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Movie Review

Published February 9, 2011 at 10:04 a.m.

ENNUI R US Dorff shares a tender (or just tired) ?moment with his daughter in ?Coppola’s latest.?
  • ENNUI R US Dorff shares a tender (or just tired) ?moment with his daughter in ?Coppola’s latest.?

Somewhere, the latest acclaimed film from writer-director Sofia Coppola, would make a great double feature with I’m Still Here, the first and probably last, completely unacclaimed fake documentary from Casey Affleck and Joaquin Phoenix.

I’m Still Here is two movie stars’ attempt to make a movie about the private life of a movie star as they think nobodies in flyover country would imagine it. (The whole thing, Phoenix now claims, is a satire of “celebreality” TV.) Somewhere is a Hollywood-royalty director’s movie about the private life of a movie star that refuses to cater to any desires we hoi-polloi might have to see him engage in drug-fueled antics, make scenes on talk shows, confess his innermost fears, reminisce about his childhood ... or, really, do much of anything.

In portraying the day-to-day life of Johnny Marco (Stephen Dorff), Coppola goes so far in the direction of art-film austerity that her protagonist becomes a cipher. In one scene, Johnny goes to an F/X studio to have a cast of his head made for his latest film. As Dorff sits alone with his face completely covered in plaster, just breathing, Coppola keeps the camera on him and very, very, very slowly pulls in till he fills the shot. Johnny’s erasure would be a powerful moment if we knew more about who he was under the Hollywood mask. But we don’t.

Nor do we ever see him do the work that made him famous. Living at the Chateau Marmont, Johnny clearly regards the promotion of his latest film — which looks like generic action junk — as a chore. He spends his time lounging in bed, hooking up with star-struck women and occasionally dialing a pair of twin strippers — Kristina and Karissa Shannon, Hugh Hefner’s erstwhile girlfriends — to entertain him. Their performances are almost endearingly bad — but, hey, at least they’re trying.

Another character who tries to draw some reaction besides a glassy stare from Johnny is his 11-year-old daughter, Cleo (Elle Fanning), who arrives for a visit. She comes off as sweet, genuine and mature enough to take her father’s moods in stride. Coppola focuses on the fleeting, low-key pleasures of Johnny and Cleo’s relationship — the gelato they share in bed in an Italian hotel, the funny faces they make underwater in the pool. The expression Dorff wears throughout the movie could best be described as a frozen wince; just opening his eyes seems to hurt him. (Could Johnny be in recovery? Who knows? The most we learn about his past is that his mom has written a book about him.) But his face sometimes softens when Fanning is around.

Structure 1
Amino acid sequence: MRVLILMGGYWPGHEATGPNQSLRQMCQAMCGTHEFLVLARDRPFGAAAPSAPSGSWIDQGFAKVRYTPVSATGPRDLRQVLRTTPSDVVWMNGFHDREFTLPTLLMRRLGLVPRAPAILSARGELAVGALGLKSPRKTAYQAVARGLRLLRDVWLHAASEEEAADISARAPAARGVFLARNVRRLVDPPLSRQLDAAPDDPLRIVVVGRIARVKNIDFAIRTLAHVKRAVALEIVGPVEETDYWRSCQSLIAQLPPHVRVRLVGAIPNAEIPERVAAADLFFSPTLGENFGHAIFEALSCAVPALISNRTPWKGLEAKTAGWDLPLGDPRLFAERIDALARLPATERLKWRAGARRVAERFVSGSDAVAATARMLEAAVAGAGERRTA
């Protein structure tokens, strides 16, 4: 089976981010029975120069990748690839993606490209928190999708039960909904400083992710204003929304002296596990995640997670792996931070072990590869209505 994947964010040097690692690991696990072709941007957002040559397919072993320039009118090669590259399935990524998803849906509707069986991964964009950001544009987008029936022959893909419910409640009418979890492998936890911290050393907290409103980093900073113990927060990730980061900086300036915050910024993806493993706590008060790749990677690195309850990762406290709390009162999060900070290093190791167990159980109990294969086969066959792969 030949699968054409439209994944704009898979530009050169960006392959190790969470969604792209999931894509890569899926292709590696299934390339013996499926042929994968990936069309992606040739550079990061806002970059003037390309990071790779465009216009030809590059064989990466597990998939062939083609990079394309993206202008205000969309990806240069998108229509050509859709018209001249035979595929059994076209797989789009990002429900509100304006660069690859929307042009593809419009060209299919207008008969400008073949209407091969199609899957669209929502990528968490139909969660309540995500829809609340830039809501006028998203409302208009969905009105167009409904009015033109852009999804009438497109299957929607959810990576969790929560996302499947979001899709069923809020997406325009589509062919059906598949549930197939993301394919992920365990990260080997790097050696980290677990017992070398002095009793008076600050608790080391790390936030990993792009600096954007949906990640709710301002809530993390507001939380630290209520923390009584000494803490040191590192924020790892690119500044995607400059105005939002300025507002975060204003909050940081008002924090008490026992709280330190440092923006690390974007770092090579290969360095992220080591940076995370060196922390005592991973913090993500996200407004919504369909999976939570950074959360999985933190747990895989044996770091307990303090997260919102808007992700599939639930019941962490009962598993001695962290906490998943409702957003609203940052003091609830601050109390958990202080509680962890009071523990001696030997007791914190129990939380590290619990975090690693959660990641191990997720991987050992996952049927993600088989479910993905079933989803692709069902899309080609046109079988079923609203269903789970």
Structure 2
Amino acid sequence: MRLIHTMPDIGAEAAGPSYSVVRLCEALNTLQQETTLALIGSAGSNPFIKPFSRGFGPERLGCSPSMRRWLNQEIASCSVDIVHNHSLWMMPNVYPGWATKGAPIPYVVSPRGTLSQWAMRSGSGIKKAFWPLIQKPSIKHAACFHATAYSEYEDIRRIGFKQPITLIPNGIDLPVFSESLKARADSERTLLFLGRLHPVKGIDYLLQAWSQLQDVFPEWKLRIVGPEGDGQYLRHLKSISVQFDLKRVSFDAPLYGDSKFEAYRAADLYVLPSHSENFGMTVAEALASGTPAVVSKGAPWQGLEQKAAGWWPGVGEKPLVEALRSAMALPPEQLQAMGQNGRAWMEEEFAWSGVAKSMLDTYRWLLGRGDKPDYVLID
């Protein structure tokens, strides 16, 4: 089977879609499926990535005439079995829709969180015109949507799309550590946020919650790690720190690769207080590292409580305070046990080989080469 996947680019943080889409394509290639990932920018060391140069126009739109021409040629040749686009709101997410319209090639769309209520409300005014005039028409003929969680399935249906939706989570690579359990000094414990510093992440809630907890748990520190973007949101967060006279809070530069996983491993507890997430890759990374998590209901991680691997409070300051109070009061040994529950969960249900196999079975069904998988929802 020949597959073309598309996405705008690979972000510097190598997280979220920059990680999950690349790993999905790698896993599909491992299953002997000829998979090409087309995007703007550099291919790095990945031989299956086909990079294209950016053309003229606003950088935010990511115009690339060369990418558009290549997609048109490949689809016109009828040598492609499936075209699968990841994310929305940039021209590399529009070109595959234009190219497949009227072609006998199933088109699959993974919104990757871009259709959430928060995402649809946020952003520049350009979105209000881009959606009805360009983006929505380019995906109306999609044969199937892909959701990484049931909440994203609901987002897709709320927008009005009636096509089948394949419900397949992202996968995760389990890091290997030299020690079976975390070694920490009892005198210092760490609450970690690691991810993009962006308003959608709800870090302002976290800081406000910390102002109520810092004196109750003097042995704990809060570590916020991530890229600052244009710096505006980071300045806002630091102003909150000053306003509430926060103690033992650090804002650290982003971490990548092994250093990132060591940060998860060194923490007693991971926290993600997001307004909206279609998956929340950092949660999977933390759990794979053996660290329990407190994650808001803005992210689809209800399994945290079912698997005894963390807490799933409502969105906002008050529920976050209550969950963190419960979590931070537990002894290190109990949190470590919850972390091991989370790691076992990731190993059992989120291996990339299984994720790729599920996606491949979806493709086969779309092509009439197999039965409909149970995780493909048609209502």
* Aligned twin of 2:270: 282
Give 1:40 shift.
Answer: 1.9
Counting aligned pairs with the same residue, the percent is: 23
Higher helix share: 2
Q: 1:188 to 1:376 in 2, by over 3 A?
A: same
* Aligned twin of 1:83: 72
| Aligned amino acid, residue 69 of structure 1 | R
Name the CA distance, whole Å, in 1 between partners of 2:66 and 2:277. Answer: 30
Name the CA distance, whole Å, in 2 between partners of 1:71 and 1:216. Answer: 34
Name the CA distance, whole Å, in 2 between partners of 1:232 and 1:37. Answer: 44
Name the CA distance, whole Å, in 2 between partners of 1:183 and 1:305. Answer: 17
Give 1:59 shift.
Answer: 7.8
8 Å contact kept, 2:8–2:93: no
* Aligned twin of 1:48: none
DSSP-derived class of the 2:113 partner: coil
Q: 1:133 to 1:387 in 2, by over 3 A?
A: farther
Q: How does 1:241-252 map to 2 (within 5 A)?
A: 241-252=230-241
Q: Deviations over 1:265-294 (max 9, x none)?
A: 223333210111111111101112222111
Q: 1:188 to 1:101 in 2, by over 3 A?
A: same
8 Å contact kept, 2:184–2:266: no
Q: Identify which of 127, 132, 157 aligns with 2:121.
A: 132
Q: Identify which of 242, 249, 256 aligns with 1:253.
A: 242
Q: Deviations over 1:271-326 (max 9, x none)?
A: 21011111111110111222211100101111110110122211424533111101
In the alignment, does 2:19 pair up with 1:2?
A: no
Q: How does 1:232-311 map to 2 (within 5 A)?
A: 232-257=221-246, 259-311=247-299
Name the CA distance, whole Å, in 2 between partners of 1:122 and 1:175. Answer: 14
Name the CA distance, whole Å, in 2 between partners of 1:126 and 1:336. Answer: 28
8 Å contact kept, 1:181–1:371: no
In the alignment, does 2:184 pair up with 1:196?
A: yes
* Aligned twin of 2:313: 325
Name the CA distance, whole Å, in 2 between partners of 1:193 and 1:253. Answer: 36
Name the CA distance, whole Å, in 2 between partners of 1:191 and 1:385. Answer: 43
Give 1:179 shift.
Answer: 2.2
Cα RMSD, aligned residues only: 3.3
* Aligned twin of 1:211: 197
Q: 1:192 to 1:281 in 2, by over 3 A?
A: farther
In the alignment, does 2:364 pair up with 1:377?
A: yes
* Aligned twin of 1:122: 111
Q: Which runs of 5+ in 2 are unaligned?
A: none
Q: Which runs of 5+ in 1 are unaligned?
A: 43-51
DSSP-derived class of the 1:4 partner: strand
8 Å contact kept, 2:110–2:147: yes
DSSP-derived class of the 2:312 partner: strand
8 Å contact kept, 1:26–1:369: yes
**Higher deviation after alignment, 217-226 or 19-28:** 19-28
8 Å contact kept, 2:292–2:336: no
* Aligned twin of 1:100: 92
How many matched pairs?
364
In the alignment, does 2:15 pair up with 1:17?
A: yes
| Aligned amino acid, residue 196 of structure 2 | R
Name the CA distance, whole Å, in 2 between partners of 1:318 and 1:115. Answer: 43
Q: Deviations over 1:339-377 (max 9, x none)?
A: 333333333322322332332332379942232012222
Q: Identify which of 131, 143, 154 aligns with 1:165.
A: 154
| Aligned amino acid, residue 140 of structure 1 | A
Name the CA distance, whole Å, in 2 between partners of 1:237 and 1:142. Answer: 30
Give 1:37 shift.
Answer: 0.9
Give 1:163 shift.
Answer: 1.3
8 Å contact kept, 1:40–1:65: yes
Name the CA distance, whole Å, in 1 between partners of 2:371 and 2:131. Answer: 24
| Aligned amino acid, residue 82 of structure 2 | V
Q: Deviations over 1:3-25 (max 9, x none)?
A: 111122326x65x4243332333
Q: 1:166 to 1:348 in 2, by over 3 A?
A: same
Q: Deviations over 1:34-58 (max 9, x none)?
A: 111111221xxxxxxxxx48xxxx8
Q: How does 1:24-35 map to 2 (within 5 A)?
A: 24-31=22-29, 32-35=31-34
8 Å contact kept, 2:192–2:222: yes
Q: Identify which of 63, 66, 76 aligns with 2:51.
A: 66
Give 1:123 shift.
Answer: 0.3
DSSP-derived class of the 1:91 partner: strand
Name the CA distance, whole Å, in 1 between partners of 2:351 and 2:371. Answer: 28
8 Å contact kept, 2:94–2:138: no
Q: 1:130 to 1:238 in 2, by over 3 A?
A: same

Unlike Affleck and Phoenix, Coppola clearly isn’t interested in what regular people want from movie stars. She’s interested in capturing moments in the life of a numb, disconnected individual who happens to be a movie star. Part of what makes it possible to sit through I’m Still Here is our memory of Phoenix’s brilliant past performances. Since we never see Johnny Marco perform — other characters perform for him — he might as well be the dour guy smoking on his porch next door to you. His status helps sell the movie, because the Chateau Marmont is a more picturesque setting than, say, a trailer park, and a guy driving his Ferrari in circles (it’s a metaphor!) is more glamorous than a guy driving a souped-up junker. But all that is finally beside the point.

That point being that, by paring her film down to bare essentials, Coppola finds some beauty. She also reveals just how unenlightening an unhappy, unexamined life can be. Is it more enlightening in Hollywood than in your kitchen? You be the judge.

* Theaters and Showtimes

* Running time: 97 min.

* Rated: R

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About The Author

Margot Harrison

Margot Harrison

Margot Harrison is the Associate Editor at Seven Days; she coordinates literary and film coverage. In 2005, she won the John D. Donoghue award for arts criticism from the Vermont Press Association.


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